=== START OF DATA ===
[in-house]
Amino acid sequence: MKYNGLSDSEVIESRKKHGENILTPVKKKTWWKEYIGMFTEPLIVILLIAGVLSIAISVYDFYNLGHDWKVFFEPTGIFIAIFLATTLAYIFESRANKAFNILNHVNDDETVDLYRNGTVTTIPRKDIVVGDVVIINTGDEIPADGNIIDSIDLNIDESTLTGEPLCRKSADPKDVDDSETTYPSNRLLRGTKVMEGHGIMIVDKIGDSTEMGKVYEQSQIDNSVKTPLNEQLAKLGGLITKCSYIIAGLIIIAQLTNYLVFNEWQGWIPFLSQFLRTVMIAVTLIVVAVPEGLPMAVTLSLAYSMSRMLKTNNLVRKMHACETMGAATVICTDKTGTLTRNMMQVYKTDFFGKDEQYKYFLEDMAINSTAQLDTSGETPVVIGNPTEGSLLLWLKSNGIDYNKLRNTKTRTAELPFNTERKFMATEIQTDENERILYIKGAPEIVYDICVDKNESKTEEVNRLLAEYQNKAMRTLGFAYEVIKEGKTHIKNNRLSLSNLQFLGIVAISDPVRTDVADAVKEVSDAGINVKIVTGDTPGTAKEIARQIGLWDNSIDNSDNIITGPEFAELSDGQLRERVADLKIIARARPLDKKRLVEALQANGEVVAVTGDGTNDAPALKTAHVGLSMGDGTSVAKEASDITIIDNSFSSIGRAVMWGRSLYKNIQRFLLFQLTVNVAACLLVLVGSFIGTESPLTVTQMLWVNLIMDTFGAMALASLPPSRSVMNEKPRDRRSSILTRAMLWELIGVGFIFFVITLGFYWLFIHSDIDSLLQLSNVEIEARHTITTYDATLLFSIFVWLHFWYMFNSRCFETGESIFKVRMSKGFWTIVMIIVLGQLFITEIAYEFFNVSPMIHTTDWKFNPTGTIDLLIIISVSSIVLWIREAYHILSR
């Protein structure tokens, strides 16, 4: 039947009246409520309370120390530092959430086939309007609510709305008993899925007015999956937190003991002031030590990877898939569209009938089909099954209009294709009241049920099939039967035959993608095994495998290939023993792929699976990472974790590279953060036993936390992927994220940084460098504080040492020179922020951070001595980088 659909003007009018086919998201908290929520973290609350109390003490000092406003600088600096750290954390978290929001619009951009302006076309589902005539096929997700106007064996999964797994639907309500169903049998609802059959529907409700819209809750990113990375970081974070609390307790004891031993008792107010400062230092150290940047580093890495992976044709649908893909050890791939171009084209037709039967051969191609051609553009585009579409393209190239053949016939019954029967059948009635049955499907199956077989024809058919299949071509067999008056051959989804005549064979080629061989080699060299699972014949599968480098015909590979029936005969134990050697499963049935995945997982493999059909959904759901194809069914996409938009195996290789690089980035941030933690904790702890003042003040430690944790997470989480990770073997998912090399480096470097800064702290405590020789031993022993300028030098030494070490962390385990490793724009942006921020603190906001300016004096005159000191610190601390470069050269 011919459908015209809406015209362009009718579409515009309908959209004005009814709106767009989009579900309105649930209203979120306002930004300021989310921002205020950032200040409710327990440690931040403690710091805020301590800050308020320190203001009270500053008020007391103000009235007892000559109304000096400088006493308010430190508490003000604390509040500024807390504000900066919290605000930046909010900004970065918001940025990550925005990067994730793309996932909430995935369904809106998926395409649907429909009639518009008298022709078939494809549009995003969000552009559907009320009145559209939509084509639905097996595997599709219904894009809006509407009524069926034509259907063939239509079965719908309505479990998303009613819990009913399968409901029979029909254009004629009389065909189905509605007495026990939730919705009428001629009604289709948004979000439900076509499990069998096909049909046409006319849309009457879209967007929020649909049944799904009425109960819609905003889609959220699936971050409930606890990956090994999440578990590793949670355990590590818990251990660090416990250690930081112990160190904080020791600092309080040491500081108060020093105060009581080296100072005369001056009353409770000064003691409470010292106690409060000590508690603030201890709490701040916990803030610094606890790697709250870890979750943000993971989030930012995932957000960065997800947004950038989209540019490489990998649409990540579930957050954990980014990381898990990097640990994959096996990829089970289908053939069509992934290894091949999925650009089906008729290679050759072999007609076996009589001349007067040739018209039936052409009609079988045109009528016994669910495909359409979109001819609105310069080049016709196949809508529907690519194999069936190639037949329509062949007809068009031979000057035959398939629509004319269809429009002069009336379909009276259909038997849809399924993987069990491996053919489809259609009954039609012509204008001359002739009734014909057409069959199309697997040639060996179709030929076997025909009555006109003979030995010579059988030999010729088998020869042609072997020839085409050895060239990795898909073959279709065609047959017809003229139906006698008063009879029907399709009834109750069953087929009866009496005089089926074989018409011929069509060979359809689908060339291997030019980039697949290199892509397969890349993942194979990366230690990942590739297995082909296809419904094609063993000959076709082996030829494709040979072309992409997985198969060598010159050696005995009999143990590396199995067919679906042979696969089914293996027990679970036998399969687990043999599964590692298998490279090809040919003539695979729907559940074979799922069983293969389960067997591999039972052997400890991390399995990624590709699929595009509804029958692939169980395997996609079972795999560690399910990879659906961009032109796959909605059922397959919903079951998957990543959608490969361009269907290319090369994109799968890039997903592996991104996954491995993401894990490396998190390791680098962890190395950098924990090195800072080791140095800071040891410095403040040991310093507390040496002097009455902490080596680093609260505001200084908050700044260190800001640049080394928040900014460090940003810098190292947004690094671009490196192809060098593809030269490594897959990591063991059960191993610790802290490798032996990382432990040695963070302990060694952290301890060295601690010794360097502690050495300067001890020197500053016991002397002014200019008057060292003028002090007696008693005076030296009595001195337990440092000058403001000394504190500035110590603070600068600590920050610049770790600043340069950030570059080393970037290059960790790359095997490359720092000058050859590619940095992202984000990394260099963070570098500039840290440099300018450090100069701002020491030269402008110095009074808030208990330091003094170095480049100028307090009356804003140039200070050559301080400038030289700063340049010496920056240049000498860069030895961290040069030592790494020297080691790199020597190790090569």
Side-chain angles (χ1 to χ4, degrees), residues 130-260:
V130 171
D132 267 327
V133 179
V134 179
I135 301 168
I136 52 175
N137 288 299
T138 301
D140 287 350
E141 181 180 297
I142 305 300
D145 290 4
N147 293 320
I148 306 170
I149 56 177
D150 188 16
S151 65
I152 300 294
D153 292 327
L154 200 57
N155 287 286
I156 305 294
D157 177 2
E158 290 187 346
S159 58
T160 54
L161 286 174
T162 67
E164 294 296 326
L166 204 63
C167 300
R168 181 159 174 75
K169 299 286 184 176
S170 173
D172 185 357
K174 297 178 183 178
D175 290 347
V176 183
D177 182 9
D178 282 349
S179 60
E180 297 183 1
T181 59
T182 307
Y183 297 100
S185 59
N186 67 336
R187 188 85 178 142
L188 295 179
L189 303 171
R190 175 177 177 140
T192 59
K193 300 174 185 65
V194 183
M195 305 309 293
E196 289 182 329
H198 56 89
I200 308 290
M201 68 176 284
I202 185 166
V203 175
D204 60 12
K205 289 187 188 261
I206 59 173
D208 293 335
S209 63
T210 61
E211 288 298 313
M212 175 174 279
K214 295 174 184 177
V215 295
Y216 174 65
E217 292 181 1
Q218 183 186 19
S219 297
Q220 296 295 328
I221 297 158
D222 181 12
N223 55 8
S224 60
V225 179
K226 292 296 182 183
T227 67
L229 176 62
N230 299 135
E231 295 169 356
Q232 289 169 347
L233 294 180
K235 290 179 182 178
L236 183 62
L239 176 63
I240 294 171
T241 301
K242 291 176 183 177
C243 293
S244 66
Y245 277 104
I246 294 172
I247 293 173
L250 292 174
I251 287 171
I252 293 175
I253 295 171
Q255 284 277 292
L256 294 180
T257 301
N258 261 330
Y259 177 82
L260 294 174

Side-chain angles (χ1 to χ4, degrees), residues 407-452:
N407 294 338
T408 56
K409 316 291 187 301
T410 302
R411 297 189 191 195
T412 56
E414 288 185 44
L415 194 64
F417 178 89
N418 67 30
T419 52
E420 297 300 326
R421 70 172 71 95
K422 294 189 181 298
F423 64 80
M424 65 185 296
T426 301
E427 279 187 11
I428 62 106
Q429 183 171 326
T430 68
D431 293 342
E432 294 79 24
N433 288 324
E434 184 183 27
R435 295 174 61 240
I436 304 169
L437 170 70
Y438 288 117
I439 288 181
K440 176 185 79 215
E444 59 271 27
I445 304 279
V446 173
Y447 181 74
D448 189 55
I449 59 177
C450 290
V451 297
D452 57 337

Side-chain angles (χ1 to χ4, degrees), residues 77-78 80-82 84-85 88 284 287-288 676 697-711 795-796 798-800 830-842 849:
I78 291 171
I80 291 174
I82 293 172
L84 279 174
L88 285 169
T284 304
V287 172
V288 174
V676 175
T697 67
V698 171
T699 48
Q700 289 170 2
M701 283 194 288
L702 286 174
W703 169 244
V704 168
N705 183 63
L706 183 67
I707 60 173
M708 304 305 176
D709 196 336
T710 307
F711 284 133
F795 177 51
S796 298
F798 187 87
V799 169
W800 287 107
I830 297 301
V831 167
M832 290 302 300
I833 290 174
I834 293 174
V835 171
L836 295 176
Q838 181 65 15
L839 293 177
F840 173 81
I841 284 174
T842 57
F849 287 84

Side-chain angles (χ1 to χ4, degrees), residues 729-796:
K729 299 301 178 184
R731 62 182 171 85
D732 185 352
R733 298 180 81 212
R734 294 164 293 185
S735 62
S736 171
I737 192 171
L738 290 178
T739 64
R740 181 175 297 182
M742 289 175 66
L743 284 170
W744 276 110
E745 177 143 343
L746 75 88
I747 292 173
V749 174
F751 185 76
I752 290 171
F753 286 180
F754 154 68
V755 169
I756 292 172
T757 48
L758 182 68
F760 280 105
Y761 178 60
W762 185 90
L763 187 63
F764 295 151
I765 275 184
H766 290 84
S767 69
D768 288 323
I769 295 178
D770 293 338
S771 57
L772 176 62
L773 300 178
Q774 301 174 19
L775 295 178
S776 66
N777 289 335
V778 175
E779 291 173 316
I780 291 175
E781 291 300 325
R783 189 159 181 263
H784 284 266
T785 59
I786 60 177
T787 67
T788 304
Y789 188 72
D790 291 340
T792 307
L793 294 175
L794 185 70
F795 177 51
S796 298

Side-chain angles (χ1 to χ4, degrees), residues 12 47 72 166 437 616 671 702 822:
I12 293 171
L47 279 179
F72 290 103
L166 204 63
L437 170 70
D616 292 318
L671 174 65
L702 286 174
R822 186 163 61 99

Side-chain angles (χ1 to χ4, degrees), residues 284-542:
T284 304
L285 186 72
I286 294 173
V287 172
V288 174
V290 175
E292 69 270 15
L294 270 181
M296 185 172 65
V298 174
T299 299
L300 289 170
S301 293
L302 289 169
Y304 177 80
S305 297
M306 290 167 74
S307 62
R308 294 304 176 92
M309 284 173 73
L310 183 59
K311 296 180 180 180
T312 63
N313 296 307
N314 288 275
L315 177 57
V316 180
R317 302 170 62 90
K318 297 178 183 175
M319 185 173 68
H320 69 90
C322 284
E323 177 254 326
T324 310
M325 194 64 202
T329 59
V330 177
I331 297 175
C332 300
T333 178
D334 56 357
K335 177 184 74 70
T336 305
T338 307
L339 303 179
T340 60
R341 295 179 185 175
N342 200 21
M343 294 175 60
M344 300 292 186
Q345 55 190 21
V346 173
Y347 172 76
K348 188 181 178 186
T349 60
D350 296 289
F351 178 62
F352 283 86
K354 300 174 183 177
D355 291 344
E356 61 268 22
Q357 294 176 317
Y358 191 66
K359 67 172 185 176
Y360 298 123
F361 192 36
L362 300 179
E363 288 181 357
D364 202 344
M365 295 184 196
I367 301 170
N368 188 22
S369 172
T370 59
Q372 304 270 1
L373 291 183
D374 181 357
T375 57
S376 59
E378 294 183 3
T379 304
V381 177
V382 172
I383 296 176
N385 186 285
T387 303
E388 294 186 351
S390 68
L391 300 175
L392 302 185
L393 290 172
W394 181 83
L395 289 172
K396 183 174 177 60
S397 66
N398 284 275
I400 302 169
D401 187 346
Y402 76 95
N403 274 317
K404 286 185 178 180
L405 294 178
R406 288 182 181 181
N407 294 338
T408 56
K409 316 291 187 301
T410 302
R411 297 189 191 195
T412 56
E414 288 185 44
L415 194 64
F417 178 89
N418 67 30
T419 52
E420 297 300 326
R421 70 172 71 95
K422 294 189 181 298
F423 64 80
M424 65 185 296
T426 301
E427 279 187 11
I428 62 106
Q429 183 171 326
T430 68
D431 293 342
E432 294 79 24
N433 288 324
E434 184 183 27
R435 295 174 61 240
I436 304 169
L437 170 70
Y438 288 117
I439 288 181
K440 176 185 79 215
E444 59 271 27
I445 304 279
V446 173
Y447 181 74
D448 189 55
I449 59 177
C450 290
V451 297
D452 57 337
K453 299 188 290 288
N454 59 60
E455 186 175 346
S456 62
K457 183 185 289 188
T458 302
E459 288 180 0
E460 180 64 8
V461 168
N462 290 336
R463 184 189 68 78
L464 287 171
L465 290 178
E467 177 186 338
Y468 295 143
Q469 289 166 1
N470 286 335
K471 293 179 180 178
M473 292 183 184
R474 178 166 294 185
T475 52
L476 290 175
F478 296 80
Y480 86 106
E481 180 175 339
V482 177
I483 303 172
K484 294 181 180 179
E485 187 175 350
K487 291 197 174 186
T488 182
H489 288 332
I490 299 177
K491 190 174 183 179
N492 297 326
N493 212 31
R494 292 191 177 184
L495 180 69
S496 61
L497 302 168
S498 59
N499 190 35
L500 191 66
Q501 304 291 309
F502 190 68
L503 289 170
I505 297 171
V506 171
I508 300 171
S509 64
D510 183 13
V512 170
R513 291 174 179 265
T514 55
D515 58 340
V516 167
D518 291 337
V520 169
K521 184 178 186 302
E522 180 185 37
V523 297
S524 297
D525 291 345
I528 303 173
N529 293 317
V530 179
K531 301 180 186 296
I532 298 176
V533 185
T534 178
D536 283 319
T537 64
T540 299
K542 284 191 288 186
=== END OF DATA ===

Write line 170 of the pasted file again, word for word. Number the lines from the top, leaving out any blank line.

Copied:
L702 286 174